Statehouse roundup, 3.16.17: Late-session budgets take shape

Senators approve superintendent’s budget

Superintendent Sherri Ybarra’s budget for fiscal year 2018 was unanimously approved, without debate, by the Idaho Senate on Thursday.

The $38.8 million budget represents a zero percent increase from the state’s general fund and an overall decrease of 5.1 percent from all funds. It includes a 3 percent change in employee compensation for the limit of 142 full-time employees.

Ybarra’s budget also includes $100,000 for the first year of a five-year plan to redesign the Idaho Reading Indicator, a screening test for kindergartners through third-graders.

School funding formula committee

Legislative budget writers voted to fully fund the K-12 school funding formula interim committee’s work this year.

On Thursday, members of the Joint Finance-Appropriations Committee approved a so-called trailer bill that would earmark $400,000 for the committee.

The K-12 school funding formula committee was created by the 2016 Legislature, and spent last year meeting with educators, listening to the public and studying the state’s existing funding formula. This year, committee members want to get back to work, hire a financial analyst or consultant and use computer programs to simulate the impact of funding model changes in Idaho. The committee is also expected to deliver recommendations to the 2018 Legislature.

Unchanged since 1994, Idaho’s existing school funding formula is a complicated attendance-based model that drives the flow of about $1.7 billion in general fund spending from the state to its school districts and charters each year.

Critics of the funding formula say it does not reflect a 21st century education environment and was created before the proliferation of dual credit courses, charter schools, online learning and student mobility.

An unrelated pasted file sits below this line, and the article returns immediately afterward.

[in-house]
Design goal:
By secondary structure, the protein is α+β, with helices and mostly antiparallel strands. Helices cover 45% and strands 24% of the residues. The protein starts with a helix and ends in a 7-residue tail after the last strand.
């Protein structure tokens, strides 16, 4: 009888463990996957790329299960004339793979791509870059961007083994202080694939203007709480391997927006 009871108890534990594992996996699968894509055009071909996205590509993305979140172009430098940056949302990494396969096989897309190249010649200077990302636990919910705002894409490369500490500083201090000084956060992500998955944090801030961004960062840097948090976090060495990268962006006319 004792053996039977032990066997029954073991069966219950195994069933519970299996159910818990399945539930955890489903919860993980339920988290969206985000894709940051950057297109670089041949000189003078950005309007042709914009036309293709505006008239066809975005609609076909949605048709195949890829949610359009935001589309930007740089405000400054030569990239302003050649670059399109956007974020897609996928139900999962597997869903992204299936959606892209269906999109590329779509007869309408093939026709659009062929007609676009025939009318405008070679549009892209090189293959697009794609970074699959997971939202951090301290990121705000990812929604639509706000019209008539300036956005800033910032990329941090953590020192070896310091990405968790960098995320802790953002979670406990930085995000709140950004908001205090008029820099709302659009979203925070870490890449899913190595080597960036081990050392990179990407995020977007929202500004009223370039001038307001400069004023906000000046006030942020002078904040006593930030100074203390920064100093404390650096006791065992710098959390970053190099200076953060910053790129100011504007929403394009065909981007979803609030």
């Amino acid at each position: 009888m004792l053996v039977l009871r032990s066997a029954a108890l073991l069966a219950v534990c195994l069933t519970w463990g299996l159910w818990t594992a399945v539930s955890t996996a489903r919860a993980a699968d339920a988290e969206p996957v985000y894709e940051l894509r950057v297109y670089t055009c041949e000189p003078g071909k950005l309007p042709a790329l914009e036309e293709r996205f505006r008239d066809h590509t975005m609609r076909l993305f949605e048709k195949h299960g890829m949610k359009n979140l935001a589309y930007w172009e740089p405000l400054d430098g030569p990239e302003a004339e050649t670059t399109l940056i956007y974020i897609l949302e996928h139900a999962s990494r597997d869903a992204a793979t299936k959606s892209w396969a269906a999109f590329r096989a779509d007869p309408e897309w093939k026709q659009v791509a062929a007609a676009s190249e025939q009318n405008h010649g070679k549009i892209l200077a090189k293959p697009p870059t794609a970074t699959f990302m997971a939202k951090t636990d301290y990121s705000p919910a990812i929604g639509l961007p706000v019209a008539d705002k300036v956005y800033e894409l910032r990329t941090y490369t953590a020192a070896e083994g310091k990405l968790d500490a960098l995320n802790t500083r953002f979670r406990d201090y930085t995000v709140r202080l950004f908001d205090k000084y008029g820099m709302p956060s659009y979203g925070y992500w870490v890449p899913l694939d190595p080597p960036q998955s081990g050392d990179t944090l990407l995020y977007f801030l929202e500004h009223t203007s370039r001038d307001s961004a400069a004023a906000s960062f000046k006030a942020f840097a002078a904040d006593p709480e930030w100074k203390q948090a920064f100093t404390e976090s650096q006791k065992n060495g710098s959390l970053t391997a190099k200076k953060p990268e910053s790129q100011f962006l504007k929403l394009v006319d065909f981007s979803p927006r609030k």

The committee’s work is being closely watched because public schools are Idaho’s largest annual expense.

The school funding formula committee’s co-chairs Rep. Wendy Horman, R-Idaho Falls, and Sen. Chuck Winder, R-Boise, said the $400,000 will go toward hiring a financial analyst or consultant and purchasing computer models and software.

“The really heavy lift comes from this point forward,” Winder told the House Education Committee last month.

The full House and Senate must still consider and approve the $400,000 funding trailer bill in order for the funding formula committee to receive the money.

Public Charter School Commission term limits

In other action Thursday, the Senate Education Committee gave its blessing to a bill that would remove term limits for members of the Public Charter School Commission.

Under current state law, charter commissioners are limited to two, four-year terms. House Bill 254 would delete those term limits from state law.

Sen. Dean Mortimer

Senate Education Committee Chairman Dean Mortimer, R-Idaho Falls, urged passage of the bill. Mortimer said charter school leaders asked for the change amid turnover on the commission.

Without mentioning him by name, Mortimer also noted that the commission’s current chairman, Idaho Falls dairy owner Alan Reed, would be term-limited next year unless the law is changed.

Mortimer said some charter school advocates would like to see Reed and other members be allowed to serve for more than eight years if that is the will of Gov. Butch Otter and legislative leaders.

Otter, House Speaker Scott Bedke, R-Oakley, and Senate President Pro Tem Brent Hill, R-Rexburg, are responsible for appointing charter commission members.

House Bill 254 next heads to the Senate floor for consideration. It cleared the House 59-11 on Tuesday.